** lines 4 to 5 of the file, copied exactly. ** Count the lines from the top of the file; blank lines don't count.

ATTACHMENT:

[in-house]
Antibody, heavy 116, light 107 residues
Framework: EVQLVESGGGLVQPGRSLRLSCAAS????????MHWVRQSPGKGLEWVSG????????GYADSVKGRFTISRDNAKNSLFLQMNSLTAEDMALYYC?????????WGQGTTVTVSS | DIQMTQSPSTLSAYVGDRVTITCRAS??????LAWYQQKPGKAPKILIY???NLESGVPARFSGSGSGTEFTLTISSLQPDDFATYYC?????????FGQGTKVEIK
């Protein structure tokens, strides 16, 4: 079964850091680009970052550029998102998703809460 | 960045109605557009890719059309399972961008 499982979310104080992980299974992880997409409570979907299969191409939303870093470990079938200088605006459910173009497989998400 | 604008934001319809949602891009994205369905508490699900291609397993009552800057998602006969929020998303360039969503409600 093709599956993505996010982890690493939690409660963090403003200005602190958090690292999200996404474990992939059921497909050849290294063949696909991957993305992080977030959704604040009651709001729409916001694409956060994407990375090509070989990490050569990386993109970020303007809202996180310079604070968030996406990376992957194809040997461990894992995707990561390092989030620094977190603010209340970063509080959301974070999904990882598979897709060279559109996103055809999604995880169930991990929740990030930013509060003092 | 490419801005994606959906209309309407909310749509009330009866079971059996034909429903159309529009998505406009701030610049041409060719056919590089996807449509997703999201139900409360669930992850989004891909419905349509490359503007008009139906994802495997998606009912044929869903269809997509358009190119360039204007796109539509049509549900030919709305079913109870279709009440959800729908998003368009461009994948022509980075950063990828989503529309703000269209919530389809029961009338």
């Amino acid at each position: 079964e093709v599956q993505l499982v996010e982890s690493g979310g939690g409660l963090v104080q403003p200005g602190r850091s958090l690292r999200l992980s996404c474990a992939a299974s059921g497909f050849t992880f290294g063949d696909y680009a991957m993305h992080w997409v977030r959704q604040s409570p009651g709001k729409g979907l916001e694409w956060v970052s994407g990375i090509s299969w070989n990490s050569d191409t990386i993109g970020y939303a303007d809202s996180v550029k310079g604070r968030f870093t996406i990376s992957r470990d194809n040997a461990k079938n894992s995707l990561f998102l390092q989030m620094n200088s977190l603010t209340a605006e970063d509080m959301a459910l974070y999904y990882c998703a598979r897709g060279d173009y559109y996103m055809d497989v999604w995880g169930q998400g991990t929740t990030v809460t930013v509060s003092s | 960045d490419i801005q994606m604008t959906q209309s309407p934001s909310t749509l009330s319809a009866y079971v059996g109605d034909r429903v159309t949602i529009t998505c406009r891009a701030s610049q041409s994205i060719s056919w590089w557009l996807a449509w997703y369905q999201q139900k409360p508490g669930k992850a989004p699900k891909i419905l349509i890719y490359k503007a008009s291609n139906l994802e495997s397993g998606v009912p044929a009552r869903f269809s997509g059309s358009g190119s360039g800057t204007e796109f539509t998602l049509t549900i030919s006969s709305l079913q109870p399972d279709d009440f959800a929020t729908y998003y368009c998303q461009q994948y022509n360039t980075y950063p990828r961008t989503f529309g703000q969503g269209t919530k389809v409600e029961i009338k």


């Protein structure tokens, strides 16, 4: 079964850091680009970052550029998102998703809460 | 960045109605557009890719059309399972961008 499982979310104080992980299974992880997409409570979907299969191409939303870093470990079938200088605006459910173009497989998400 | 604008934001319809949602891009994205369905508490699900291609397993009552800057998602006969929020998303360039969503409600 093709599956993505996010982890690493939690409660963090403003200005602190958090690292999200996404474990992939059921497909050849290294063949696909991957993305992080977030959704604040009651709001729409916001694409956060994407990375090509070989990490050569990386993109970020303007809202996180310079604070968030996406990376992957194809040997461990894992995707990561390092989030620094977190603010209340970063509080959301974070999904990882598979897709060279559109996103055809999604995880169930991990929740990030930013509060003092 | 490419801005994606959906209309309407909310749509009330009866079971059996034909429903159309529009998505406009701030610049041409060719056919590089996807449509997703999201139900409360669930992850989004891909419905349509490359503007008009139906994802495997998606009912044929869903269809997509358009190119360039204007796109539509049509549900030919709305079913109870279709009440959800729908998003368009461009994948022509980075950063990828989503529309703000269209919530389809029961009338």
């Amino acid at each position: 079964e093709v599956q993505l499982v996010e982890s690493g979310g939690g409660l963090v104080q403003p200005g602190r850091s958090l690292r999200l992980s996404c474990a992939a299974s059921g497909f050849t992880f290294g063949d696909y680009a991957m993305h992080w997409v977030r959704q604040s409570p009651g709001k729409g979907l916001e694409w956060v970052s994407g990375i090509s299969w070989n990490s050569d191409t990386i993109g970020y939303a303007d809202s996180v550029k310079g604070r968030f870093t996406i990376s992957r470990d194809n040997a461990k079938n894992s995707l990561f998102l390092q989030m620094n200088s977190l603010t209340a605006e970063d509080m959301a459910l974070y999904y990882c998703a598979r897709g060279d173009y559109y996103m055809d497989v999604w995880g169930q998400g991990t929740t990030v809460t930013v509060s003092s | 960045d490419i801005q994606m604008t959906q209309s309407p934001s909310t749509l009330s319809a009866y079971v059996g109605d034909r429903v159309t949602i529009t998505c406009r891009a701030s610049q041409s994205i060719s056919w590089w557009l996807a449509w997703y369905q999201q139900k409360p508490g669930k992850a989004p699900k891909i419905l349509i890719y490359k503007a008009s291609n139906l994802e495997s397993g998606v009912p044929a009552r869903f269809s997509g059309s358009g190119s360039g800057t204007e796109f539509t998602l049509t549900i030919s006969s709305l079913q109870p399972d279709d009440f959800a929020t729908y998003y368009c998303q461009q994948y022509n360039t980075y950063p990828r961008t989503f529309g703000q969503g269209t919530k389809v409600e029961i009338k």